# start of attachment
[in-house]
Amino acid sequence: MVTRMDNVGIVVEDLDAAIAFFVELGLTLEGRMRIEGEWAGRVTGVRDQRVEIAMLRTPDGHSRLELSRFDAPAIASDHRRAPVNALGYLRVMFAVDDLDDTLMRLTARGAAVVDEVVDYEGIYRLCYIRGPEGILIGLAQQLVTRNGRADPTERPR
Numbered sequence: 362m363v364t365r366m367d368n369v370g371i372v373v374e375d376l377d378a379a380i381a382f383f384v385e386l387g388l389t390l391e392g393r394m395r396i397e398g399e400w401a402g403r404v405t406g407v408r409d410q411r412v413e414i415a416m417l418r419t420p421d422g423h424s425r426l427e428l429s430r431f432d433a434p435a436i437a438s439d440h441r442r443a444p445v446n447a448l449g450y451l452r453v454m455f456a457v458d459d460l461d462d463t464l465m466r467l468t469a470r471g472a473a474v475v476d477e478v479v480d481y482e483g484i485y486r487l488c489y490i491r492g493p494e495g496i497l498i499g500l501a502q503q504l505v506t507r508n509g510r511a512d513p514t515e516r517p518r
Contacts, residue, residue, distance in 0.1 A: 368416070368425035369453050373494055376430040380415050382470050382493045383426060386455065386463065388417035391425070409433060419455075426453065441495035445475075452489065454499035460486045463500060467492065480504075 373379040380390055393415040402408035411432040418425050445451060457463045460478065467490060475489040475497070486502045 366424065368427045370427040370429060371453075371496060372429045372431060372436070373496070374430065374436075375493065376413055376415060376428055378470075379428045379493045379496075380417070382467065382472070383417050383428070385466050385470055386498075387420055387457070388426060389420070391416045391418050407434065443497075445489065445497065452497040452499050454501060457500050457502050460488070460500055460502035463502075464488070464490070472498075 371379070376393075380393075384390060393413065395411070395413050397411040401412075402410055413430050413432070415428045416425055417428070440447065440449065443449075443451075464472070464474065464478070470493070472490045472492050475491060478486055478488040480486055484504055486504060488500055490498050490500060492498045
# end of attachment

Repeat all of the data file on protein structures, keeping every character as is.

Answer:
[in-house]
Amino acid sequence: MVTRMDNVGIVVEDLDAAIAFFVELGLTLEGRMRIEGEWAGRVTGVRDQRVEIAMLRTPDGHSRLELSRFDAPAIASDHRRAPVNALGYLRVMFAVDDLDDTLMRLTARGAAVVDEVVDYEGIYRLCYIRGPEGILIGLAQQLVTRNGRADPTERPR
Numbered sequence: 362m363v364t365r366m367d368n369v370g371i372v373v374e375d376l377d378a379a380i381a382f383f384v385e386l387g388l389t390l391e392g393r394m395r396i397e398g399e400w401a402g403r404v405t406g407v408r409d410q411r412v413e414i415a416m417l418r419t420p421d422g423h424s425r426l427e428l429s430r431f432d433a434p435a436i437a438s439d440h441r442r443a444p445v446n447a448l449g450y451l452r453v454m455f456a457v458d459d460l461d462d463t464l465m466r467l468t469a470r471g472a473a474v475v476d477e478v479v480d481y482e483g484i485y486r487l488c489y490i491r492g493p494e495g496i497l498i499g500l501a502q503q504l505v506t507r508n509g510r511a512d513p514t515e516r517p518r
Contacts, residue, residue, distance in 0.1 A: 368416070368425035369453050373494055376430040380415050382470050382493045383426060386455065386463065388417035391425070409433060419455075426453065441495035445475075452489065454499035460486045463500060467492065480504075 373379040380390055393415040402408035411432040418425050445451060457463045460478065467490060475489040475497070486502045 366424065368427045370427040370429060371453075371496060372429045372431060372436070373496070374430065374436075375493065376413055376415060376428055378470075379428045379493045379496075380417070382467065382472070383417050383428070385466050385470055386498075387420055387457070388426060389420070391416045391418050407434065443497075445489065445497065452497040452499050454501060457500050457502050460488070460500055460502035463502075464488070464490070472498075 371379070376393075380393075384390060393413065395411070395413050397411040401412075402410055413430050413432070415428045416425055417428070440447065440449065443449075443451075464472070464474065464478070470493070472490045472492050475491060478486055478488040480486055484504055486504060488500055490498050490500060492498045